Some glycol ether coalescents, such as propylene glycol tert-butyl ether (PTB), evaporate too rapidly to allow film formation for some formulations. Others evaporate too slowly, resulting in coatings with poor hardness development profiles.
Another problem in the art is to find suitable coalescents that also have the ability to give coatings with satisfactory minimum film-forming temperatures (MFFT) at low coalescent levels.
It is therefore an object of this invention to provide coalescing agents that have utility in water-based protective coatings, safe handling compared with E-series glycol ethers, viscosities that are relatively insensitive to changes in pH, satisfactory evaporation rates, and good minimum film-forming characteristics.
This invention provides versatile coalescing agents for use in water-based protective coatings. The coalescents are useful for preparing coatings with good film-forming and hardness development characteristics. In addition, coating compositions made with the coalescents of the invention have relatively flat pH-viscosity profiles, which enables formulators to make coatings with reproducible viscosities.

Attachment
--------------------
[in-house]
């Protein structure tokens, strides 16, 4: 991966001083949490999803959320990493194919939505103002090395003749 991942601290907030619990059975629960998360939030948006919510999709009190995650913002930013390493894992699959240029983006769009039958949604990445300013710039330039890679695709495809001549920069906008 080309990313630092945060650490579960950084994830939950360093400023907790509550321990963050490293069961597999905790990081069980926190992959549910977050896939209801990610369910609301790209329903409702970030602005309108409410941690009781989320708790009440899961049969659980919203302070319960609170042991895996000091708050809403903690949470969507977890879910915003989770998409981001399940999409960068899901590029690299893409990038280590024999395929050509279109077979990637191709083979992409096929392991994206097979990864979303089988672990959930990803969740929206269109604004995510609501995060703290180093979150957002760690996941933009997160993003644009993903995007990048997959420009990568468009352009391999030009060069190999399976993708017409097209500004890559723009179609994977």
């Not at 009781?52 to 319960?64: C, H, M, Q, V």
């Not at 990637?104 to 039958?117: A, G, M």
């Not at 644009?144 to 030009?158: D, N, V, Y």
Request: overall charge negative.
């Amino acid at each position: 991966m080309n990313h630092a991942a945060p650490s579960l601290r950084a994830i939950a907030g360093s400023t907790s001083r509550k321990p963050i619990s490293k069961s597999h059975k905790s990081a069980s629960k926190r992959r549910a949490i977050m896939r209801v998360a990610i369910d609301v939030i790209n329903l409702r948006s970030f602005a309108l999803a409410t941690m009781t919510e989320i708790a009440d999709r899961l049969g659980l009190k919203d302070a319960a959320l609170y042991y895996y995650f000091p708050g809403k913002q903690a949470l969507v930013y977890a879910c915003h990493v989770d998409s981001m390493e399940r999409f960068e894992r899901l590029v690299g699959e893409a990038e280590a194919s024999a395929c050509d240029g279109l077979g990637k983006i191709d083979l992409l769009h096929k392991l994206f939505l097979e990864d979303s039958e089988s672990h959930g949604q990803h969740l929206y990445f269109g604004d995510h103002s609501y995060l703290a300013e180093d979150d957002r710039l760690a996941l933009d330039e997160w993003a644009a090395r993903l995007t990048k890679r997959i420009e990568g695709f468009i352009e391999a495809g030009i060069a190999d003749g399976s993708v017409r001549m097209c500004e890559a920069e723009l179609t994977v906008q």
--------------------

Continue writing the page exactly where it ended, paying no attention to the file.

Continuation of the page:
The coalescents of the invention comprise:
(a) from about 1 to 99 weight percent of one or more propylene oxide adducts of propylene glycol tert-butyl ether having the formula: ##STR1## wherein n is an integer from 2 to 6, and A is an oxypropylene unit; and (b) from about 1 to 99 weight percent of an organic solvent. Preferably, the organic solvent is selected from the group consisting of alcohols, glycols, glycol ethers, glycol ether esters, ketones, esters, aliphatic and aromatic hydrocarbons, halogenated hydrocarbons, nitriles, amides, and carbonates.
The invention also provides water-borne coating compositions that include the coalescents described above. The compositions comprise a water-borne resin, water, and a coalescent.